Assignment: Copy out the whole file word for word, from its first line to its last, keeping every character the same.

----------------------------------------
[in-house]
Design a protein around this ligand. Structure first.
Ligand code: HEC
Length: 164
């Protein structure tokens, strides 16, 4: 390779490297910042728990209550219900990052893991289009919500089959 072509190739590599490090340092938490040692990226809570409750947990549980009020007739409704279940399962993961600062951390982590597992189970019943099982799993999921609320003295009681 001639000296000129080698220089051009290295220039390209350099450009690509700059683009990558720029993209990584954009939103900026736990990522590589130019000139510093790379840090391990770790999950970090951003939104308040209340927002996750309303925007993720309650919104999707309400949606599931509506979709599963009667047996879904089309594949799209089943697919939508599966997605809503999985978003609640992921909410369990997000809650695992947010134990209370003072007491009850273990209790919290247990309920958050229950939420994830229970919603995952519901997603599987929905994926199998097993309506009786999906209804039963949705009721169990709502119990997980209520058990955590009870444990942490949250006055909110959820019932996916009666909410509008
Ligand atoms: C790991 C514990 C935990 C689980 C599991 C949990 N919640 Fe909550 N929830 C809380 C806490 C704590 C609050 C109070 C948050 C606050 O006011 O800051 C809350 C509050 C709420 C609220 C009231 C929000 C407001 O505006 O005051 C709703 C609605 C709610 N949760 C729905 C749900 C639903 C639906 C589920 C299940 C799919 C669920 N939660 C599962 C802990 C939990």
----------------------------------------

[in-house]
Design a protein around this ligand. Structure first.
Ligand code: HEC
Length: 164
């Protein structure tokens, strides 16, 4: 390779490297910042728990209550219900990052893991289009919500089959 072509190739590599490090340092938490040692990226809570409750947990549980009020007739409704279940399962993961600062951390982590597992189970019943099982799993999921609320003295009681 001639000296000129080698220089051009290295220039390209350099450009690509700059683009990558720029993209990584954009939103900026736990990522590589130019000139510093790379840090391990770790999950970090951003939104308040209340927002996750309303925007993720309650919104999707309400949606599931509506979709599963009667047996879904089309594949799209089943697919939508599966997605809503999985978003609640992921909410369990997000809650695992947010134990209370003072007491009850273990209790919290247990309920958050229950939420994830229970919603995952519901997603599987929905994926199998097993309506009786999906209804039963949705009721169990709502119990997980209520058990955590009870444990942490949250006055909110959820019932996916009666909410509008
Ligand atoms: C790991 C514990 C935990 C689980 C599991 C949990 N919640 Fe909550 N929830 C809380 C806490 C704590 C609050 C109070 C948050 C606050 O006011 O800051 C809350 C509050 C709420 C609220 C009231 C929000 C407001 O505006 O005051 C709703 C609605 C709610 N949760 C729905 C749900 C639903 C639906 C589920 C299940 C799919 C669920 N939660 C599962 C802990 C939990």